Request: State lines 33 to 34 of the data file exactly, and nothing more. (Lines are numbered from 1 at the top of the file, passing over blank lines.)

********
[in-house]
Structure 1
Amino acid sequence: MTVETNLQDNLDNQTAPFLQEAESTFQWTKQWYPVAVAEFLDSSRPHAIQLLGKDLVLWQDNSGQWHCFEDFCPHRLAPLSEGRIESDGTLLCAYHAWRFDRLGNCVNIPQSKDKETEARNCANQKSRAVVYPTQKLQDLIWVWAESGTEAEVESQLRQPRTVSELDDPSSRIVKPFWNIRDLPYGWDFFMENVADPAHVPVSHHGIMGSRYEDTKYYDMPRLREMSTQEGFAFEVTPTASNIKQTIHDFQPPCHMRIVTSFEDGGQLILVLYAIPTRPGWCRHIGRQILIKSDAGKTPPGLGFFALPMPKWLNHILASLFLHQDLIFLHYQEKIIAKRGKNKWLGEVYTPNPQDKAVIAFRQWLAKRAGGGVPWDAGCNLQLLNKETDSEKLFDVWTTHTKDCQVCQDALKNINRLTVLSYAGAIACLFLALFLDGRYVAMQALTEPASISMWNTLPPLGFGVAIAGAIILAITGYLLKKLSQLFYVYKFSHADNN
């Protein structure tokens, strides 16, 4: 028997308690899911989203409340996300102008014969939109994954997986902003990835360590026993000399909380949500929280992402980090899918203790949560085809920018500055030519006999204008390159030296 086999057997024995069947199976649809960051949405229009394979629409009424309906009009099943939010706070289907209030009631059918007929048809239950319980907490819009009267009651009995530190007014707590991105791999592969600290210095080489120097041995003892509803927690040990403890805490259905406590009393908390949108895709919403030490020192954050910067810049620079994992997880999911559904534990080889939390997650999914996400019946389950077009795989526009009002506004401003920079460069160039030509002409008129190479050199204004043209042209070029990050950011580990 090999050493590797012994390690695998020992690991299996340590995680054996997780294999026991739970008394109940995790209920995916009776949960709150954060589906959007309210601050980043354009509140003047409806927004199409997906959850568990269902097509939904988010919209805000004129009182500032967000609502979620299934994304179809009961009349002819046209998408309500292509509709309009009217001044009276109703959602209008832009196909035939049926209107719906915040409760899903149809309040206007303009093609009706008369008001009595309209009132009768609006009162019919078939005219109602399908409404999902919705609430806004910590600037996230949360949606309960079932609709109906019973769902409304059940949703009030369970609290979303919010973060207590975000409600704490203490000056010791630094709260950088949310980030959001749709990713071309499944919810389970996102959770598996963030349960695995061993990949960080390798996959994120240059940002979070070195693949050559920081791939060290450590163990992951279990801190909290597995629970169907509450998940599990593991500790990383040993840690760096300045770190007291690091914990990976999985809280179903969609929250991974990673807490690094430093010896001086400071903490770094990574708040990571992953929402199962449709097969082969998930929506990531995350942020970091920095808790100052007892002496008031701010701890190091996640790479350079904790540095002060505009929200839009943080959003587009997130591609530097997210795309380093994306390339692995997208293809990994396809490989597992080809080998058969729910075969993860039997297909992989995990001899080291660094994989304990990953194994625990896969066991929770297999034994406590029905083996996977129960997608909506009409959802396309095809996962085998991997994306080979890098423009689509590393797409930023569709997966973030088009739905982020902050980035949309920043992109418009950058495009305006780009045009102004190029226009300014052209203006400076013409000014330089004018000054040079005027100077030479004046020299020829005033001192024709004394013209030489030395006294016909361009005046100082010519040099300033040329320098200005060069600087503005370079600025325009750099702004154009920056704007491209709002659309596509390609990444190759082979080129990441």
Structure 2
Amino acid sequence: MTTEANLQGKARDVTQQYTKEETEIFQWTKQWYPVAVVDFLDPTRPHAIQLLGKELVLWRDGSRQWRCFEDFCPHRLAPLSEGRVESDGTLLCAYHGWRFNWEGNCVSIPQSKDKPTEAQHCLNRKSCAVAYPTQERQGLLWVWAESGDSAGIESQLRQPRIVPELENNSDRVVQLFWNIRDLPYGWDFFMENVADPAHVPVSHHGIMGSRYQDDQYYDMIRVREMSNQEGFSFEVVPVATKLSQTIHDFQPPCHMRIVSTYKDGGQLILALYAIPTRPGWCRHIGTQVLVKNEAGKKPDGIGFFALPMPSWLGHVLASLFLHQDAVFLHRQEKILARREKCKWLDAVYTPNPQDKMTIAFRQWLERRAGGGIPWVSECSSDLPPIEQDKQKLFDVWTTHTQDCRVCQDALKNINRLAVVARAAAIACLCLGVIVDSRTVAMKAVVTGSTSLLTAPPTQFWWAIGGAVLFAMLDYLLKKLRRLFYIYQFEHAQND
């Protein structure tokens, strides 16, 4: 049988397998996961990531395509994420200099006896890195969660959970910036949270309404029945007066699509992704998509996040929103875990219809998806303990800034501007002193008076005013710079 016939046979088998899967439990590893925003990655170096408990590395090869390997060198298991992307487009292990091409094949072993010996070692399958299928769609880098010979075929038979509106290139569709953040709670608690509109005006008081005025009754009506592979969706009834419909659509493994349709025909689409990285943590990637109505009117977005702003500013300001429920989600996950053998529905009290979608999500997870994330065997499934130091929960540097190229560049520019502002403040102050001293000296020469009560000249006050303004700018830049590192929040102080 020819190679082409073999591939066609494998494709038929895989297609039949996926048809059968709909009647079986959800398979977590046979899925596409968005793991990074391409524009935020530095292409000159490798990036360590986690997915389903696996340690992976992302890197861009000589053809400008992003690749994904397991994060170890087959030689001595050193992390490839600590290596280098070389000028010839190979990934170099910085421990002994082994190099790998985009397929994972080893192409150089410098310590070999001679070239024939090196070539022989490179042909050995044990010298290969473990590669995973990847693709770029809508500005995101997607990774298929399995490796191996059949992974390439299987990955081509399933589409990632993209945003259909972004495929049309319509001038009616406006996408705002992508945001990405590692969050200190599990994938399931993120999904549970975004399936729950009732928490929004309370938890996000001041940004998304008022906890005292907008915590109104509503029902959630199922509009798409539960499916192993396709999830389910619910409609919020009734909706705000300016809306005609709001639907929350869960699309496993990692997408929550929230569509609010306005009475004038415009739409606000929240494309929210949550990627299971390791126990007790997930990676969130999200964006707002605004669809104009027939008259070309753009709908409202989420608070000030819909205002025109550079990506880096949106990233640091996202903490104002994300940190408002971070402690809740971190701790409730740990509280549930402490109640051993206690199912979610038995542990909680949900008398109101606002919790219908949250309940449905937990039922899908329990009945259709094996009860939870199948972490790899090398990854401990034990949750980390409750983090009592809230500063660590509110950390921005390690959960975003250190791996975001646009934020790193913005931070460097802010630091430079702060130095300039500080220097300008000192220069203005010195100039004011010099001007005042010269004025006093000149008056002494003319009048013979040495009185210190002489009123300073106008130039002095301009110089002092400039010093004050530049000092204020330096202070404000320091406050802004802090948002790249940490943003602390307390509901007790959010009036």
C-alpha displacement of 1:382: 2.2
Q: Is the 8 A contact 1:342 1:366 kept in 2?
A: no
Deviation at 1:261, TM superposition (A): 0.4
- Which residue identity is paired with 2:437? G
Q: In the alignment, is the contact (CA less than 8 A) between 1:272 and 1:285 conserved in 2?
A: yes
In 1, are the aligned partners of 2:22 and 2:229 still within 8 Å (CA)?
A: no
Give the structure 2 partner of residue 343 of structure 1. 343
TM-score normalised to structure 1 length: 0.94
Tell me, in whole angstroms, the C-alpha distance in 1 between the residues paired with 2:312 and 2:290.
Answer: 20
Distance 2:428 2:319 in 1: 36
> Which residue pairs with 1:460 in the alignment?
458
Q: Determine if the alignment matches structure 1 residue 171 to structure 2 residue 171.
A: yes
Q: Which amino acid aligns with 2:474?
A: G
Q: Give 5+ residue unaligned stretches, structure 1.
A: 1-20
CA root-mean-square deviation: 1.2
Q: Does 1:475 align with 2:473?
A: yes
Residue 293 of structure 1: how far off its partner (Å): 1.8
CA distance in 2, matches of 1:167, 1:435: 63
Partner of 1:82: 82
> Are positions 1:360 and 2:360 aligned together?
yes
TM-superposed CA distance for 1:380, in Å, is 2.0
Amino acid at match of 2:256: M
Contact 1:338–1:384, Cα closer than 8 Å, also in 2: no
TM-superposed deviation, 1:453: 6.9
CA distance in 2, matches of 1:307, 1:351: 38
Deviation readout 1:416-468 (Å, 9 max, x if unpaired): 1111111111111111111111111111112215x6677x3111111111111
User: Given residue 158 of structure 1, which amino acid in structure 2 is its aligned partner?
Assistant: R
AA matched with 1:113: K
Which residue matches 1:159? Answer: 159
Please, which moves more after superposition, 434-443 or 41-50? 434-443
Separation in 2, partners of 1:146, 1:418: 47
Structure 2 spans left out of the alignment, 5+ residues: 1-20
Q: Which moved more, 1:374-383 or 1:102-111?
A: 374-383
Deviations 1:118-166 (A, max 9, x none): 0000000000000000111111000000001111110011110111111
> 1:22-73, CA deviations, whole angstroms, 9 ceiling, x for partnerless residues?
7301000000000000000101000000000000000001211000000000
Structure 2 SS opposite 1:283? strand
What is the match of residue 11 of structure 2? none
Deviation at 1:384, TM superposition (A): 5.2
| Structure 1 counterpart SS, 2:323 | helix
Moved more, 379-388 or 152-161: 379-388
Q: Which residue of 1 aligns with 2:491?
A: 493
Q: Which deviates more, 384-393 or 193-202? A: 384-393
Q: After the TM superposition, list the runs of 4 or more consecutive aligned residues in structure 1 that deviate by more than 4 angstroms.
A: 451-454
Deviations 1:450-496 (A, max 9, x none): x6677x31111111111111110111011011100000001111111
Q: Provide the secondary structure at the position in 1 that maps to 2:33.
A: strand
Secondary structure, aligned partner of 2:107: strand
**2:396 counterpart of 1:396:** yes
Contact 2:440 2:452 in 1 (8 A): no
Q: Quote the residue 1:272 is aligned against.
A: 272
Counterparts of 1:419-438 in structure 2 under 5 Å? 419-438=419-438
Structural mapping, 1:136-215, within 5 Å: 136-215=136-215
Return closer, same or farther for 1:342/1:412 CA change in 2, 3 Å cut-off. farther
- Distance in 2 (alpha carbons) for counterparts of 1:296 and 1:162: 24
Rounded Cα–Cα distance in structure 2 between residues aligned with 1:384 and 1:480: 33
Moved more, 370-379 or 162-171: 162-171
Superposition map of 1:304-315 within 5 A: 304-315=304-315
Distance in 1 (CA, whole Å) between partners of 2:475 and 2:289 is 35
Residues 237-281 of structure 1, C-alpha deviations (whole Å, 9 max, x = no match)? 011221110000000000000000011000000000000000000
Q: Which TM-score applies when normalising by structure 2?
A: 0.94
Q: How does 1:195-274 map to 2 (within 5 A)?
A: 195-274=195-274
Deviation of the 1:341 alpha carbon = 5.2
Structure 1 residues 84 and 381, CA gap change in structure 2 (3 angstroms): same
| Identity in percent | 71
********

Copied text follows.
Residue 293 of structure 1: how far off its partner (Å): 1.8
CA distance in 2, matches of 1:167, 1:435: 63